Current research explores this idea. Combining reports of child maltreatment with measures of economic realities derived from tax records of more than five million families, my colleagues and I have studied the relationship between intergenerational income mobility and child maltreatment. We find that communities with greater income mobility have lower rates of maltreatment of children of all ages, from birth to age 17. Rates of neglect and physical abuse, especially, are lower, as are rates of repeated abuse of children who have previously been mistreated.
The relationship between income mobility and maltreatment is distinct from the well-established relationship between poverty and maltreatment, and it is different from the recently discovered association between income inequality and maltreatment. Since our analysis adjusts for these other forms of inequality, our findings imply a more precise dynamic: If parents believe their children have a chance for a brighter economic future – if they have hope – they may be likely to invest more in their children. Of course, more research must be done to pin down whether this mechanism is actually at work in the outlooks of parents.
Results from this study provide preliminary support for the theory that ensuring future economic opportunities for children can reduce their exposure to maltreatment. If this theory is correct, preventing child maltreatment may require welfare workers and public officials to think more boldly than in the past. Governments can use various tools to reduce economic inequality and enhance income mobility – and reduce child maltreatment in the process. Some examples include:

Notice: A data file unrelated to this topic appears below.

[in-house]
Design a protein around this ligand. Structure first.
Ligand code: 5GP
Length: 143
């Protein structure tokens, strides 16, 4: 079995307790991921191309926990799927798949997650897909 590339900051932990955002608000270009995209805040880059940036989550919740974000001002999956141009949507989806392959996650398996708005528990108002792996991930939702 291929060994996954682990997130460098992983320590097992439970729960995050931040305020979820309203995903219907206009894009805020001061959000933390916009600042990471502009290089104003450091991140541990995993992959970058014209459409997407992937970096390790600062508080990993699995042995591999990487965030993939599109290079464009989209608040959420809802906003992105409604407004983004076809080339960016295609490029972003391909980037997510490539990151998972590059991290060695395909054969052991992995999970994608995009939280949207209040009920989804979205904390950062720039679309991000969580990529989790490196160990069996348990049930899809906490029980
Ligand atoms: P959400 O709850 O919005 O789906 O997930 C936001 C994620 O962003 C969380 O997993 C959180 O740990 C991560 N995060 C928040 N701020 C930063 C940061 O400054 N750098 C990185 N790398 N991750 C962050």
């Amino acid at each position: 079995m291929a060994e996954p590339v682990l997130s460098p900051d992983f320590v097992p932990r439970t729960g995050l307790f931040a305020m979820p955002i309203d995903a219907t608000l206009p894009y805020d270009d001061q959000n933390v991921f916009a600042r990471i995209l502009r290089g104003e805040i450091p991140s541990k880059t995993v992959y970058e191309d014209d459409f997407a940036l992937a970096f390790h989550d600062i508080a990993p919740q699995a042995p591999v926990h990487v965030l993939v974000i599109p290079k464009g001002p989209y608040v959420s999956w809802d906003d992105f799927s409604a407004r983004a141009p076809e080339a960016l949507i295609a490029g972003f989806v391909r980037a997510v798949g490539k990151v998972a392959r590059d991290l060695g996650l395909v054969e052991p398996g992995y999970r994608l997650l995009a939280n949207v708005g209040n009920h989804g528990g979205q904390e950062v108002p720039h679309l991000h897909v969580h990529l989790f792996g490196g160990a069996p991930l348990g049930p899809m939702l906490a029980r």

- According to overwhelming evidence, increasing the minimum wage reduces poverty, and recent research shows that such increases can also reduce child maltreatment.
- The Earned Income Tax Credit is another tool for reducing inequality, which also reduces child maltreatment.
- Because educational inequality reinforces intergenerational inequality, investing in early childhood education – funding universal preschool, for example – can reduce the income-based achievement gap for children that is also associated with child mistreatment.
Children are among the most vulnerable members of our society. They cannot protect themselves, so the duty to prevent maltreatment falls on representatives of the citizenry as a whole. Research suggests that narrow interventions focused on particular families one at a time are unlikely to have long-lasting success, while broader policies to redress underlying social and economic obstacles are more likely to prevent abuse and ensure better futures for all children.
Read more in Kerri Raissian and Lindsey Bullinger, “Money Matters: Does Increasing the Minimum Wage Reduce Child Maltreatment?,” Children and Youth Services Review, (2017): 60-70; Lindsey Bullinger, Kerri Raissian, and W. Joel Schneider, “Intergenerational Income Mobility and Child Maltreatment in the United States,” (working paper, 2019).